The goal of IFRR is promoting scientific excellence in robotics research. IFRR establishes the theoretical foundations and technology as a basis for its ever expanding robotics applications, with an emphasis on its potential role to benefit humans. The Foundation was formally established as a non-profit entity in 1986 following the success of a series of pioneering symposia that were conceived to provide the emerging community with a forum entirely devoted to all areas of robotics research.

The First International Symposium of Robotics Research (ISRR) was initiated and organized by Mike Brady and Richard Paul with the financial support of the Systems Development Foundation and the scientific contribution of the Editorial Board of the International Journal of Robotics Research (IJRR). The First Symposium was convened in Bretton Woods (New Hampshire, USA) in August 1983 in a format where the number of participants was deliberately limited to encourage meaningful technical and personal interactions.

The success of the First Symposium brought a strong commitment to pursue in the same spirit the organization of ISRR as a financially self-sustained series of Symposia around the world. Participants were brought together from across all areas of robotics to assess and share their views about the field and its future directions. The Second Symposium was organized by Hideo Hanafusa and Hirochika Inoue in Kyoto (Japan) in August 1984, and the Third Symposium was organized by Olivier Faugeras and Georges Giralt in Gouvieux (France) in October 1985.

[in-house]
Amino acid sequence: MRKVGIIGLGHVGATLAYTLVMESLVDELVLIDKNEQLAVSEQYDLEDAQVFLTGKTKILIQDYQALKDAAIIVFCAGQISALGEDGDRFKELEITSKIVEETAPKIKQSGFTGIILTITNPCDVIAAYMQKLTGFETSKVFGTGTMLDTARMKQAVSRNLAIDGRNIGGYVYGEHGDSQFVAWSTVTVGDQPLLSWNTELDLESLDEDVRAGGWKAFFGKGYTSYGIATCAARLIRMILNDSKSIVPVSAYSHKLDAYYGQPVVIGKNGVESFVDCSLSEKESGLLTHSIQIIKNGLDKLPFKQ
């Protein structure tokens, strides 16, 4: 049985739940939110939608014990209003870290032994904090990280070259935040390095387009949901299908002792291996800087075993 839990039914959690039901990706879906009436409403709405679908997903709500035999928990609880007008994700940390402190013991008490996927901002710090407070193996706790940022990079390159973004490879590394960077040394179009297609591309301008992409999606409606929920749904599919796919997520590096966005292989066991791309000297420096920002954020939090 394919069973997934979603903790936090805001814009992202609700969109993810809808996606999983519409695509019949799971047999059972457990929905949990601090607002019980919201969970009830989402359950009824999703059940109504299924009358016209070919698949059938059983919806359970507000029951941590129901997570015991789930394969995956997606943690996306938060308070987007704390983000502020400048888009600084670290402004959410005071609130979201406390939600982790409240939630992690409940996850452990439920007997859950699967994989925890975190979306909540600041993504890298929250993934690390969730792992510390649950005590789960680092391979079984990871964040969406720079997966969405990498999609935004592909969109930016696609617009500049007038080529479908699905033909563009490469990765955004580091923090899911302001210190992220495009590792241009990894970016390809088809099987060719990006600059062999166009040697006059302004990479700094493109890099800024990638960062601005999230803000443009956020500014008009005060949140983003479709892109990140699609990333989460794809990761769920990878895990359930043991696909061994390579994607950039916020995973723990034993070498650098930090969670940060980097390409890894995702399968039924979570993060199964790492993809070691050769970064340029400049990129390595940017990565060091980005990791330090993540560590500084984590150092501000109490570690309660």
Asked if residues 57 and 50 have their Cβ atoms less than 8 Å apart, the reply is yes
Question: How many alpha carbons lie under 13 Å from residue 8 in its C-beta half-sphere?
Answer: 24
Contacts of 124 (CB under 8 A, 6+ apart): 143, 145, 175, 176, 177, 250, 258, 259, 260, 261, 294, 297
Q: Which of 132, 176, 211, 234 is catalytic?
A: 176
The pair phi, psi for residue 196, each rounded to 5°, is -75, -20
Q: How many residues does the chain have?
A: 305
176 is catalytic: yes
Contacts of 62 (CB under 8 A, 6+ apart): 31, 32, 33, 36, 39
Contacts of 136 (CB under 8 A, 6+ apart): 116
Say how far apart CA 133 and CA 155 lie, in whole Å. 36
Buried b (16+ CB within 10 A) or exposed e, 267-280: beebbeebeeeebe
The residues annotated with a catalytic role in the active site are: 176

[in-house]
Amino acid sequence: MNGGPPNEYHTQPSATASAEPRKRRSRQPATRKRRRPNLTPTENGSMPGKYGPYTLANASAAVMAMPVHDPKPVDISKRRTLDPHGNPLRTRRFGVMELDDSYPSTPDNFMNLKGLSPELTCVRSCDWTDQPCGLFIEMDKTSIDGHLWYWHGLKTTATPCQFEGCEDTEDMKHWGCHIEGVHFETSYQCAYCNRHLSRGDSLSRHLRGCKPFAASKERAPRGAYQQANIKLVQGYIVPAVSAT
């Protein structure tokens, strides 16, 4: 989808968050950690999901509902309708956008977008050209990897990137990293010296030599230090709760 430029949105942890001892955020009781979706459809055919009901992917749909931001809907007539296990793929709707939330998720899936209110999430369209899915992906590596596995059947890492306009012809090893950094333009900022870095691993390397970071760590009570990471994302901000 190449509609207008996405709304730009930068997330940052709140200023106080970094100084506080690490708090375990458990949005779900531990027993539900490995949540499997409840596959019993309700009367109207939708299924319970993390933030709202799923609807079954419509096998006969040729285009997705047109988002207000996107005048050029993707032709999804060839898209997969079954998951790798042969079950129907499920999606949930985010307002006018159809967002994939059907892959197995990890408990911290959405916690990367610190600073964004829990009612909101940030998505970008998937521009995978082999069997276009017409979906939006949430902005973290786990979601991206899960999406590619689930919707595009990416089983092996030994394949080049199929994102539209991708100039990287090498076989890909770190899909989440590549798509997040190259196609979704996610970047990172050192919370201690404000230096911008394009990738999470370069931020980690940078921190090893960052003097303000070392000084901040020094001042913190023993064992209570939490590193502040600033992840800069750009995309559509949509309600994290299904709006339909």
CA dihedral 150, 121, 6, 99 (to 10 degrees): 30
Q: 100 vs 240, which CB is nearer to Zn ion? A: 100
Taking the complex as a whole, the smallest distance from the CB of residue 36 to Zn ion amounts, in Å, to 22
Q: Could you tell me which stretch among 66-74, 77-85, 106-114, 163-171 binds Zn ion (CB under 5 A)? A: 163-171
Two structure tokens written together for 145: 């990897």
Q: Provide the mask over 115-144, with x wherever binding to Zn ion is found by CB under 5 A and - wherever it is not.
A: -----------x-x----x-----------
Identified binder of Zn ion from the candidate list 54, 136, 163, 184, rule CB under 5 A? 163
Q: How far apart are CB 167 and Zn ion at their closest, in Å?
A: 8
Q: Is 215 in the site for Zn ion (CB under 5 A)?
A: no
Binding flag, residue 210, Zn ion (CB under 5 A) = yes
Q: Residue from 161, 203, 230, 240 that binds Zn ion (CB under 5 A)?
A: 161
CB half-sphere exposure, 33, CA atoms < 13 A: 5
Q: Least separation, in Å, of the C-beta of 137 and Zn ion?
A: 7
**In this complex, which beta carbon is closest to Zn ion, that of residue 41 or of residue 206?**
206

The international dimensions of the Foundation were reflected in the the broad composition of its Board of eighteen officers, equally distributed across the regions of Asia, Australia, Europe, and North America. IFRR sponsors series of symposia, for example, the editions of the International Symposium on Experimental Robotics (ISER) began in 1989, the Workshop on the Algorithmic Foundations of Robotics (WAFR) started in 1994, bi-annual meetings on Field and Service Robotics (FSR) were added in 1997, the series Robotics: Science and Systems (RSS) got initiated by Sebastian Thrun in 2005, and most recently editions of the Conference on Robot Learning (CoRL) was launched in 2017.

Through closer cooperations and coordination with other robotics conferences, societies, and publications, IFRR continues to expand its effort to promote the development and dissemination of research within our growing robotics community.